Privately owned e-scooters could be legalised for use on public roads
Privately owned e-scooters could be legalised for use on public roads and cycle lanes in the UK, following the Government’s agenda for the next parliamentary year being set out.
Standing in for the Queen at the state opening of parliament, the Prince of Wales read out the Government’s agenda for the next year. He said: “Her Majesty’s Government will improve transport across the United Kingdom, delivering safer, cleaner services and enabling more innovations.”
It’s possible that the pledge to enable more innovations could refer to the legalisation of private e-scooter use, after transport secretary Grant Shapps previously hinted at a Transport Committee session that the speech would include such an announcement.
At present, only e-scooters operated, registered and insured by authorised rental firms can legally be used on public roads. These scooters require riders to scan a full or provisional UK driving licence in order to unlock them, and include geofencing technology to prevent them being used in inappropriate locations.
Private e-scooters can be purchased legally and used on private land, but the law currently forbids their use on the public highway. Although police often confiscate privately owned e-scooters being used on the road, this does little to discourage many people who continue to illegally ride them.
Data previously acquired by the Major Trauma Group, which comprises legal and health professionals, reveals that NHS ambulance trusts in England, Wales and Northern Ireland were called to 82 per cent more e-scooter accidents in 2021 than in 2020.
NHS ambulances attended 713 e-scooter accidents in 2021, compared with just 392 in 2020. The number of e-scooter accident patients admitted to A&E also rose 40 per cent between 2020 and 2021 from 124 to 173.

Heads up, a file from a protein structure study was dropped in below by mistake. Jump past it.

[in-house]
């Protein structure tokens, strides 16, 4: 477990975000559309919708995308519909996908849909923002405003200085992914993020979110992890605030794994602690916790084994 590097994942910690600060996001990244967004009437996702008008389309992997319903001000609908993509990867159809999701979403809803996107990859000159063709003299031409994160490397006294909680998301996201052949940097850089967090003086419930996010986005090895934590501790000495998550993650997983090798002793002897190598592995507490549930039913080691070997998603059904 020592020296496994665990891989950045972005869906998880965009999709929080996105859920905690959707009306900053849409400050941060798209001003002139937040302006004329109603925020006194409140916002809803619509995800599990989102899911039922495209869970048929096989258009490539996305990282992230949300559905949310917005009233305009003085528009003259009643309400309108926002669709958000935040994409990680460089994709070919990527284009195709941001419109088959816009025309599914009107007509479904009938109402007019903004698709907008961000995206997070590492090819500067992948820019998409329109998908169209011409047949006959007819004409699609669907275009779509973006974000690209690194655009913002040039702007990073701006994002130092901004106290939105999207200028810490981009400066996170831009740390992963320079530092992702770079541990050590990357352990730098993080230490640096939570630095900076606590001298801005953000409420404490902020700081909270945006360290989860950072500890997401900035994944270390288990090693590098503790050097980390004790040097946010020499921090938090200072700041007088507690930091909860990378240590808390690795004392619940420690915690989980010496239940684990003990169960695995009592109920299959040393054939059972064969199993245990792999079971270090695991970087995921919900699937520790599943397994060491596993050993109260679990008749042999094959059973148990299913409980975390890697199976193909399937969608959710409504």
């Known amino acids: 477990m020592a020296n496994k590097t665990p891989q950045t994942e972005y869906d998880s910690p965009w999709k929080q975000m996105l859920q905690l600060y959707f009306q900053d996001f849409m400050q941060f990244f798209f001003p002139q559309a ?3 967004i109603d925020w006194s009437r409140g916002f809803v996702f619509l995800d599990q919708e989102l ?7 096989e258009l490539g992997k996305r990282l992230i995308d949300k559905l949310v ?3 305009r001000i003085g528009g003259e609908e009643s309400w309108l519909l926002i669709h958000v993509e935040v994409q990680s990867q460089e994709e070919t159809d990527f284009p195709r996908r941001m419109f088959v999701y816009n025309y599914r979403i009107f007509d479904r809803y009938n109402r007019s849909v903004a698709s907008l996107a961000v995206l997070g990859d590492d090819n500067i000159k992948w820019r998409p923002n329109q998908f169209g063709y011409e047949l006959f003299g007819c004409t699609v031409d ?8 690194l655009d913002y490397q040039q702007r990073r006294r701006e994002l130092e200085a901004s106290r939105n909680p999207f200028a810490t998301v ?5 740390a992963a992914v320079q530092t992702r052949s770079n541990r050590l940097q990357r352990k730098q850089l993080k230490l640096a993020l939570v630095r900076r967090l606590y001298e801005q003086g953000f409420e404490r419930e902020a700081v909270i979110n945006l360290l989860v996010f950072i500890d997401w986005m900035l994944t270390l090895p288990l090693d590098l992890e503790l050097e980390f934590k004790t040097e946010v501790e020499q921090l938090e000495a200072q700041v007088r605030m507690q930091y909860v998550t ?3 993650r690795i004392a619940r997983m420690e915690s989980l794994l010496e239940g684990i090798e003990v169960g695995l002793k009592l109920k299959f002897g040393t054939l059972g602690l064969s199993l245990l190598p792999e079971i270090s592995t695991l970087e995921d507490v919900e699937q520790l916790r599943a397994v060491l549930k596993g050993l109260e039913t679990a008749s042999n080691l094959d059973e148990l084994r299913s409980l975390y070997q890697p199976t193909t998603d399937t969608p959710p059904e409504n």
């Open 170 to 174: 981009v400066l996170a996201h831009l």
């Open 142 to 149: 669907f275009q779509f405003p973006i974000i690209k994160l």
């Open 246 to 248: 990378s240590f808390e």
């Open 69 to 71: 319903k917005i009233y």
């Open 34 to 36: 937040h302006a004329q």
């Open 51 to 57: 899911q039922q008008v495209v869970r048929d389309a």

Each ambulance call-out costs the NHS an average of £252, so the increase in e-scooter accidents has driven an increase from £98,784 spent on ambulances being called to the scene to £179,676 in one year.
Martin Usher, partner in the personal injury team at Lime Solicitors, commented: “We need to face the reality that transport is evolving, and micromobility vehicles and e-scooters will be on our roads, for better or worse.
“Legalisation presents the significant opportunity to enforce tighter safety regulations for private e-scooters, and to improve education to ensure that all road users have access to safe, green transport.”
Edmund King, president of the AA, added: “With e-scooters and other forms of micro-mobility popping up more frequently on UK roads, it makes sense that safety regulation should come first. If introduced alongside appropriate infrastructure, e-mobility could help provide a positive shift in greener localised travel both for individuals and last-mile freight.”
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